Echopraxia – Pumpkin Palace (2017)

EchopraxiaPumpkin Palace (self-released, 31 October 2017)


“But Halloween was like two weeks ago,” someone will surely be whining; “why would you be writing about a Halloween-themed metal album now??” For starters: it’s my damn website and I’ll write about whatever I want to. But also: just because the calendar turns over to November doesn’t necessarily mean that celebrating All Hallow’s Eve has to come to an end — in the immortal words of The Ghost of Christmas Present, “It is the season of the spirit / the message if we hear it / is make it last all year.” And I’m pretty sure that song (“It Feels Like Christmas”) was meant to be universally applicable.

And more seriously: especially now that the clocks have changed, it’s completely black outside both walking to the bus in the morning and coming home from work in the evening, the air is often cold and foggy, everyone in the neighborhood still has a whole bunch of pumpkin-based decorations (some of which were designed vaguely enough to work for the upcoming Thanksgiving holiday as well, but many of which are just the result of being too lazy to put them away and drag out the Christmas stuff already), and one evening last week I happened to hear this five-song EP during my walk home and it seemed strangely appropriate. (Not to mention, at just under twenty minutes in length, it coincided with the journey from bus stop almost perfectly.) And therefore, regardless of the actual date, I felt like sharing this music with you.



Echopraxia, a psychological term for the unconscious or involuntary repetition or imitation of another’s actions, is a single-member band, consisting of Nashvillian guitarist/producer/engineer Austin Woodward. Outside of the band, Woodward‘s main job involves composing and recording soundtrack music for video games, which comes as little surprise after hearing the whimsical and almost cartoonish songs that make up Pumpkin Palace. While the inspiration for this record comes from all sorts of places, ranging from classical to jazz to actual horror movie soundtracks, it quickly becomes very clear that the most significant influence — which the songsmith readily admits — is former Oingo Boingo frontman turned movie and television soundtrack composer Danny Elfman.

Highly renowned as the creator of The Simpsons theme song and the soundtrack to The Nightmare Before Christmas, Elfman‘s early credits also include music from offbeat comedies like Beetlejuice and Pee-Wee’s Big Adventure — both of which tend towards the dark and sometimes grotuesque, at least as far as films geared towards a family audience go, and each of which features a suitably over-the-top and larger-than life score. Macabre and carnivalesque in equal measure, these movies’ soundtracks always seemed (to my ears, anyhow) to draw inspiration from earlier twentieth-century innovators like Stravinsky and Khatchaturian — and now under the guise of Echopraxia, Woodward in turn has taken Elfman‘s style and inserted it into the context of modern blackened extreme metal.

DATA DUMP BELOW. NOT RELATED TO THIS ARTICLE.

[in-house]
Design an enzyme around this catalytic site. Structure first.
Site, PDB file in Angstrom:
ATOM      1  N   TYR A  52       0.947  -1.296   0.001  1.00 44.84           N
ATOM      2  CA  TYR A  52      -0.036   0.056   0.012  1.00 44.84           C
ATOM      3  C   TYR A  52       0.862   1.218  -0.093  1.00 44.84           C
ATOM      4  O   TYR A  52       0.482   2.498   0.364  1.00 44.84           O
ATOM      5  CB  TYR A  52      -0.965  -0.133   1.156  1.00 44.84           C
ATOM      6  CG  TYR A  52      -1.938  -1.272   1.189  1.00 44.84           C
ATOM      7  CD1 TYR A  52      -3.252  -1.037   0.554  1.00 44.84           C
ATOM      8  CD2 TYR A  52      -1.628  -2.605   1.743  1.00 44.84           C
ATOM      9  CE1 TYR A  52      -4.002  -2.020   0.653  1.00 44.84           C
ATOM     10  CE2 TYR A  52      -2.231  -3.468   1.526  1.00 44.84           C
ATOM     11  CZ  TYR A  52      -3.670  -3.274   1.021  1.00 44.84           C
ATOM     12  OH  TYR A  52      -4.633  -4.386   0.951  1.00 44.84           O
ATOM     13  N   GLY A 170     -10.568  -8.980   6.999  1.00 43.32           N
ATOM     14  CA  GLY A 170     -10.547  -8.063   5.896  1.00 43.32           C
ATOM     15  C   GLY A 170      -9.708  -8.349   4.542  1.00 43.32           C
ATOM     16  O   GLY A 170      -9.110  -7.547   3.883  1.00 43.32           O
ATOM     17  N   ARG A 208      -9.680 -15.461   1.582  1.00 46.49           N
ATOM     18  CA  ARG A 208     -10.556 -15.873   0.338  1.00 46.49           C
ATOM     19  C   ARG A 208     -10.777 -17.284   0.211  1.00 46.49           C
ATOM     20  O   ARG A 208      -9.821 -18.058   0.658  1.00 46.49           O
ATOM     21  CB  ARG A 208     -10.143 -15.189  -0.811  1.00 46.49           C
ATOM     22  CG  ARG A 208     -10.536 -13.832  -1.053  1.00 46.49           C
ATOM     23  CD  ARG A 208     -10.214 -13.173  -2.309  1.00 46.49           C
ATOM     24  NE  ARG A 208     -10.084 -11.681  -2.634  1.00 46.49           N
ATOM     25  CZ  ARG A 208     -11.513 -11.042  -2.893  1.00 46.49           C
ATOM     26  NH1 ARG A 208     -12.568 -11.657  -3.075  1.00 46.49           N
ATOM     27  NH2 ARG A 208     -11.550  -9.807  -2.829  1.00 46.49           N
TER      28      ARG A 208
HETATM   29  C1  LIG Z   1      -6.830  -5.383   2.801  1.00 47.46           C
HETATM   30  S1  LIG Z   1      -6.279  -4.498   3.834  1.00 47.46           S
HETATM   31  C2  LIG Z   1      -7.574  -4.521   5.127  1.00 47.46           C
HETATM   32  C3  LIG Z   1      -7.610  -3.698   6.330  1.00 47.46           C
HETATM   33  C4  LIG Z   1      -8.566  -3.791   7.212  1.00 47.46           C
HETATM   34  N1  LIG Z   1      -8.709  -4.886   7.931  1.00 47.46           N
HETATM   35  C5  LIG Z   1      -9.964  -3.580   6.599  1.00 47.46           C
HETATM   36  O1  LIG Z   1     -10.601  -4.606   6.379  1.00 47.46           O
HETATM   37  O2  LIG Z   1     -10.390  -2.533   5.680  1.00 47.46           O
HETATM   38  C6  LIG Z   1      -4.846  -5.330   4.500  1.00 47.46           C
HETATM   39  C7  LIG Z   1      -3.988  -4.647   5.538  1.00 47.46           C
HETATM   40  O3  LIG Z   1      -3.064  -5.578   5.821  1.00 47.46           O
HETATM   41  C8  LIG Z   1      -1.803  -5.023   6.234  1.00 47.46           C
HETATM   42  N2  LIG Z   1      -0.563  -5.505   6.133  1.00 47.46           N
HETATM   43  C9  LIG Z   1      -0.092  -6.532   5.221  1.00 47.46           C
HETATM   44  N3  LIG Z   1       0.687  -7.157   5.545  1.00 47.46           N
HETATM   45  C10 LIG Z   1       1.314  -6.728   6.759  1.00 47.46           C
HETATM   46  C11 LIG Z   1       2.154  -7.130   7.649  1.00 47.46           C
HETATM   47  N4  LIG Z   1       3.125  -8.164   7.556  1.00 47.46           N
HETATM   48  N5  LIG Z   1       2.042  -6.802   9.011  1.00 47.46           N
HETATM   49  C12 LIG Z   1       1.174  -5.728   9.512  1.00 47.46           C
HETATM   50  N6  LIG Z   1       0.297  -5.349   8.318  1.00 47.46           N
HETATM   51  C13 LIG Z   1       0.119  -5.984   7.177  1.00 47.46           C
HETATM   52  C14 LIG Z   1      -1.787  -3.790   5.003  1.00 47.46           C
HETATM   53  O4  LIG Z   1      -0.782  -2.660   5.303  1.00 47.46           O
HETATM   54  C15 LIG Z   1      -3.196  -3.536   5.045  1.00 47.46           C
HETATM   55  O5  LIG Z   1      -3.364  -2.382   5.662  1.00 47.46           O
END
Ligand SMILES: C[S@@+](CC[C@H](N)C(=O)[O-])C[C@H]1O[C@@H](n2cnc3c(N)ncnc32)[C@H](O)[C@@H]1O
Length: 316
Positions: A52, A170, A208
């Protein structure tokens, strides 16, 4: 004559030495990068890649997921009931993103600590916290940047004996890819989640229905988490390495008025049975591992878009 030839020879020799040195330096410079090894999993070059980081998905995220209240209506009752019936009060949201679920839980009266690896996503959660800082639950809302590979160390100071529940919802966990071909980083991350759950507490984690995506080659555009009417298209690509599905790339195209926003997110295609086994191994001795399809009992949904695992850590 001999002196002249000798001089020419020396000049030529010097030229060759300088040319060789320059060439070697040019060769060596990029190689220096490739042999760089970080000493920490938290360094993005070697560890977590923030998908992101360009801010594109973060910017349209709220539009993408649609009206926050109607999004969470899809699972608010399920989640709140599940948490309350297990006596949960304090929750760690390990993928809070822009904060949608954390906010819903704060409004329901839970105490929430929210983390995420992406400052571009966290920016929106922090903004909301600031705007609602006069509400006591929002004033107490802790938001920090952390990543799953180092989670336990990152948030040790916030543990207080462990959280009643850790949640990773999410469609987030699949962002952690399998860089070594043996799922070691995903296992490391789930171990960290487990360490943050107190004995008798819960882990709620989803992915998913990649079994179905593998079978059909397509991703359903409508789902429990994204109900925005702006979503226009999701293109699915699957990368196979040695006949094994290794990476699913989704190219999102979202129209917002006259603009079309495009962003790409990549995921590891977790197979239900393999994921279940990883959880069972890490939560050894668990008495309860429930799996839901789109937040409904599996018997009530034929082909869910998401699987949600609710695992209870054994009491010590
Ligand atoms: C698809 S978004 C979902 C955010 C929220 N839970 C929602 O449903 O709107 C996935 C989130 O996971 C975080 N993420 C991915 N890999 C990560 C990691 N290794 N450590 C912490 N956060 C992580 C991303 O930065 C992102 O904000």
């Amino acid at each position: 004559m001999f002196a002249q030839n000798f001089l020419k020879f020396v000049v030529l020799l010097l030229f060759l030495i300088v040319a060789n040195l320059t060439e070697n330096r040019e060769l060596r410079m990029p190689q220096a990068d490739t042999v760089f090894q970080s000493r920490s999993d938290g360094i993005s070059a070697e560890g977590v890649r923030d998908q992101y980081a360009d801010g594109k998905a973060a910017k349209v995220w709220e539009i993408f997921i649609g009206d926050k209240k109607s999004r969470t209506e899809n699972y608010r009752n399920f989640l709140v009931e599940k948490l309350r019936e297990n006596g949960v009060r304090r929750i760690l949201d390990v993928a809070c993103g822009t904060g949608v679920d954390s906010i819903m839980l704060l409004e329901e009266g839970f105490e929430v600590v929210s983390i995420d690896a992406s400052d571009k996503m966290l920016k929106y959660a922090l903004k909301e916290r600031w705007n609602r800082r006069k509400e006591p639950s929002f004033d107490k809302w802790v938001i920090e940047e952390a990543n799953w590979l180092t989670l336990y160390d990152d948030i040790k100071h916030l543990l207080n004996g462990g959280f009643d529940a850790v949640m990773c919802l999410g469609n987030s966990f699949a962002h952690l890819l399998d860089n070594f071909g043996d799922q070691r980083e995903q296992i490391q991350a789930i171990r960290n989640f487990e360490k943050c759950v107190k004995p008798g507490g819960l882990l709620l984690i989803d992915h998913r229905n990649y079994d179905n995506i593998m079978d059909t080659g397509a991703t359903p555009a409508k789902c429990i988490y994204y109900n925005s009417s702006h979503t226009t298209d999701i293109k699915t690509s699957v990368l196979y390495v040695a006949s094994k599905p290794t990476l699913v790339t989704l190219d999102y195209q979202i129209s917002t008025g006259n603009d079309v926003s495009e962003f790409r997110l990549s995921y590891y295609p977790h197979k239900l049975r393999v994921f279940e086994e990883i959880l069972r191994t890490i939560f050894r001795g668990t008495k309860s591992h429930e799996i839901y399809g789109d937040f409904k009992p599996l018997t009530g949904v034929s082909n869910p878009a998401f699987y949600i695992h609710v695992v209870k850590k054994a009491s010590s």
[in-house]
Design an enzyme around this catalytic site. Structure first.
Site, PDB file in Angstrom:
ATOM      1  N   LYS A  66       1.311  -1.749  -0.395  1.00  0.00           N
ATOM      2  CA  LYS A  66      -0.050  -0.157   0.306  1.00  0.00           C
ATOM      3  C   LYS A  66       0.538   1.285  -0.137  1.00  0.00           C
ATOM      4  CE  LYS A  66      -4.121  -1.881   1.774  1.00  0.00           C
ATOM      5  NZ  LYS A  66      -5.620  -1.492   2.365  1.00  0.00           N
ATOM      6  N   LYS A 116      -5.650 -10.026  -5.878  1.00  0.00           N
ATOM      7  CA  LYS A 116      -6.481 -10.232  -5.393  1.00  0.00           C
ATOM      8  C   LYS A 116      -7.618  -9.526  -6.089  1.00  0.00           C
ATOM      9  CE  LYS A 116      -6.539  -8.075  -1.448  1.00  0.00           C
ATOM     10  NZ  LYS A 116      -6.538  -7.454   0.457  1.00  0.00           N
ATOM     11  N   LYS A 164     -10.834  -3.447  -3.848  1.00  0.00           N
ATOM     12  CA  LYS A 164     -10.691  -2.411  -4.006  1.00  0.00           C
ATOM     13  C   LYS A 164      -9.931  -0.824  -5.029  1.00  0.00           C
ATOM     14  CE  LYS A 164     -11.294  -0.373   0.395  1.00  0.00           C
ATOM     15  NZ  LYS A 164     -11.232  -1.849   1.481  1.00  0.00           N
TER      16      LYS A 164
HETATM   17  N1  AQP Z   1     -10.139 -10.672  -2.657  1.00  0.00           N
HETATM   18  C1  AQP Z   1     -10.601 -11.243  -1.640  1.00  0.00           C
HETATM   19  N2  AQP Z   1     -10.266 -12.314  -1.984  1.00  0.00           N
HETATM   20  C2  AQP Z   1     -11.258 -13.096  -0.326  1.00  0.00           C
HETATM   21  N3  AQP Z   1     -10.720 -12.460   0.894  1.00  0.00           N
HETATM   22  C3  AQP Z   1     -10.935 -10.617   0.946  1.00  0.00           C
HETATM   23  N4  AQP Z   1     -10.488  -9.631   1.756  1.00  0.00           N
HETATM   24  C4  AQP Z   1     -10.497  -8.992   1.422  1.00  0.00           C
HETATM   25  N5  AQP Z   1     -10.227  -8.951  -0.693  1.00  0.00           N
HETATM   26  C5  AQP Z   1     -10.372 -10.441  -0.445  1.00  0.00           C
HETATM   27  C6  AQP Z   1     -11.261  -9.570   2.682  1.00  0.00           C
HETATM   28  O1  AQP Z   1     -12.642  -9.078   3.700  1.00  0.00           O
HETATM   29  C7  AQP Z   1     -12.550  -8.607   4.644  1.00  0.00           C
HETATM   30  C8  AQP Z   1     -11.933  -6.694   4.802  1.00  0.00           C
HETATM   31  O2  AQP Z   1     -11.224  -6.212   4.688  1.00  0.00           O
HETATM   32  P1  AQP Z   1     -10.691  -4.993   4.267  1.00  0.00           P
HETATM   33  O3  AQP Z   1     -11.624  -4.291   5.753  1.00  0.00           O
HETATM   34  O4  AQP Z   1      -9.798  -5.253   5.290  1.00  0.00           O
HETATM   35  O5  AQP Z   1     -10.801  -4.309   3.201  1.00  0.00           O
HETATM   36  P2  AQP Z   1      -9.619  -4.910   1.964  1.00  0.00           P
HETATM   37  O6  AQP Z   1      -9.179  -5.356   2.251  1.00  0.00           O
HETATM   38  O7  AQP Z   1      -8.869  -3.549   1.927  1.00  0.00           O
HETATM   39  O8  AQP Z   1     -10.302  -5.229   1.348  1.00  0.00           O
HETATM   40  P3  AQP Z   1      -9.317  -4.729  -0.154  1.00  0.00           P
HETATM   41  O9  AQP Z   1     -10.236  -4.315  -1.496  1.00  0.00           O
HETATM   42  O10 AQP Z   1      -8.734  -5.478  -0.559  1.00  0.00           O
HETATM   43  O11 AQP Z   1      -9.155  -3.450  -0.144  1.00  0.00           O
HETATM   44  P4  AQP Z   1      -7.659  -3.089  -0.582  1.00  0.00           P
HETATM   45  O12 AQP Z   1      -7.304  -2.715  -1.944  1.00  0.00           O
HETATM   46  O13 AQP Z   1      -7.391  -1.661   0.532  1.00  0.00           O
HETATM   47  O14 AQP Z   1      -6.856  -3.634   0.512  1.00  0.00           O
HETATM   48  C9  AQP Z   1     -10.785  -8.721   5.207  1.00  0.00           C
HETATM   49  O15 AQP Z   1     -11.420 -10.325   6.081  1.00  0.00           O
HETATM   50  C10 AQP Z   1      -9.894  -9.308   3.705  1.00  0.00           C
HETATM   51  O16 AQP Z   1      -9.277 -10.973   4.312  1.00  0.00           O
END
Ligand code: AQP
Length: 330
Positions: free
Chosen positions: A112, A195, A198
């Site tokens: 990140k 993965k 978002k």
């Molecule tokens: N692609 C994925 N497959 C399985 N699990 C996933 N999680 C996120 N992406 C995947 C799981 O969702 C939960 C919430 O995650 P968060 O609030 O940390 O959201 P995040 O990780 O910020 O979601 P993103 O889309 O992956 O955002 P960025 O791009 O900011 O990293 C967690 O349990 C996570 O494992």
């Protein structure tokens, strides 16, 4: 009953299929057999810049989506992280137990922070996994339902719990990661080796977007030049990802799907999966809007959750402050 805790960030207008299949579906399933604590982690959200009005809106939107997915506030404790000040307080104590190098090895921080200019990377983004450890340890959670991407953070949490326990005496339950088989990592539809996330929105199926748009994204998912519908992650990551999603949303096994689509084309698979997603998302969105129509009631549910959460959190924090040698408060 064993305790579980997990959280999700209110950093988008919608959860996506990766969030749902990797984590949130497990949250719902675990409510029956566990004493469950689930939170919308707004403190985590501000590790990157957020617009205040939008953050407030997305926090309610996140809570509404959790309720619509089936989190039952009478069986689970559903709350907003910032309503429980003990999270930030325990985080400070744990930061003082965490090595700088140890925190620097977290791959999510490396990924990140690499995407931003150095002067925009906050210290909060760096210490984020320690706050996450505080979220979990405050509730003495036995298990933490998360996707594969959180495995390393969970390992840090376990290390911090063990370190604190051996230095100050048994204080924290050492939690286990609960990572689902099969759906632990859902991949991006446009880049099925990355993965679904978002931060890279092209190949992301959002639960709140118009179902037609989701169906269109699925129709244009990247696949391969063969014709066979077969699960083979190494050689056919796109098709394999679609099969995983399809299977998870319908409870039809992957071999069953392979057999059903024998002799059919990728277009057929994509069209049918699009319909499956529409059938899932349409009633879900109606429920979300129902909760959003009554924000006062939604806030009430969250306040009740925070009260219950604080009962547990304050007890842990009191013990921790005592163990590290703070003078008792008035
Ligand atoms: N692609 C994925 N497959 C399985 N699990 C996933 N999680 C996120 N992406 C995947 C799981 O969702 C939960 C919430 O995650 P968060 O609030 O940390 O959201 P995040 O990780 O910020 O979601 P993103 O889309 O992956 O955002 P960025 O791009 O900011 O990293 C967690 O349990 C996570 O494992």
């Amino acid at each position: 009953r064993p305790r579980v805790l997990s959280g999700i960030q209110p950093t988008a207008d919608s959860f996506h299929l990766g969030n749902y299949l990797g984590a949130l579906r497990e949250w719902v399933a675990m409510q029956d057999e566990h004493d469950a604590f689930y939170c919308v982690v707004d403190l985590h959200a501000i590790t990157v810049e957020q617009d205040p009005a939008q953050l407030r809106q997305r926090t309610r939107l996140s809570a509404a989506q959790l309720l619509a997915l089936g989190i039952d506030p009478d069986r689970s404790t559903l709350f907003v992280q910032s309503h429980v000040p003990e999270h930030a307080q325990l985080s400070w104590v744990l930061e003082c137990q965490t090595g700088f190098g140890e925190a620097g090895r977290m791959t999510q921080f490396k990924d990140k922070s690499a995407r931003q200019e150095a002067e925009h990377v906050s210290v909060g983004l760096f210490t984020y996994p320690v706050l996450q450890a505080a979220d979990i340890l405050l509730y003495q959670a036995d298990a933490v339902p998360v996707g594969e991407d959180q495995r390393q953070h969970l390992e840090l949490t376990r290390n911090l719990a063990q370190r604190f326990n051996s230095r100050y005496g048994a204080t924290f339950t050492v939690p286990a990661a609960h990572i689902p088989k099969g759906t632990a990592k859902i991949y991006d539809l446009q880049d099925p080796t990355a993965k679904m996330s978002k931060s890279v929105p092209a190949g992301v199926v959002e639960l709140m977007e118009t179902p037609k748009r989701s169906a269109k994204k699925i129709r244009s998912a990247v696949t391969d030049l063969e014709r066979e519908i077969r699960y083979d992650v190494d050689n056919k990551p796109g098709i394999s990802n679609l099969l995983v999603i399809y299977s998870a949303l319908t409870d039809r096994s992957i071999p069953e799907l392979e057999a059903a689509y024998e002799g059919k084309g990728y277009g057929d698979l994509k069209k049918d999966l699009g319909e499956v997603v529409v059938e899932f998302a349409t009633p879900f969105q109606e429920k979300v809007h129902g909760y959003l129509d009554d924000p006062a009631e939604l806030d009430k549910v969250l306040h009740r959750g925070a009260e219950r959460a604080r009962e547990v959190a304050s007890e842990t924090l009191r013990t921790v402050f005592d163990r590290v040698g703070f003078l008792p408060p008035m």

The compositions on Pumpkin Palace incorporate orchestral arrangements, often with a special emphasis on pizzacato strings and mallet percussion sounds like vibraphones, among other elements that give off an impish vibe — like an instrumental cousin of Svartby — alongside lightning-quick and highly technical metal music. Opening track and first single “Ratzinger’s Waltz” is an excellent example of the blend of dark yet circus-y mood, peculiar in that most of the track is actual in 4 (or sometimes 8) rather than 3 like a typical waltz — until the last minute or so where a definite waltz rhythm is played by echoey chimes and clockwork-style sounds.

Some of the songs here (“Chinkana,” “Grasp of Malok”) delve a bit more into the metal side of things, being somewhat more distorted-guitar-oriented, yet still having the orchestral parts dotting the background (and taking center stage in occasional breaks) — but regardless of which instrument is playing the lead part, the melodies retain a sense of adventure and whimsy. Later, “Tin Noses” tends to swap dazzling runs back and forth between the guitars and what sounds like an ensemble of synth-accordian and similar instruments, with metallic syncopated rhythms serving as support; and finally, “The Holy See” serves up a nice contrast between reverby bells, crystalline sounds, and ambient strings, interspersed with some of the heaviest riffs to be found throughout the EP.



Buy yourself a copy of Pumpkin Palace right here.


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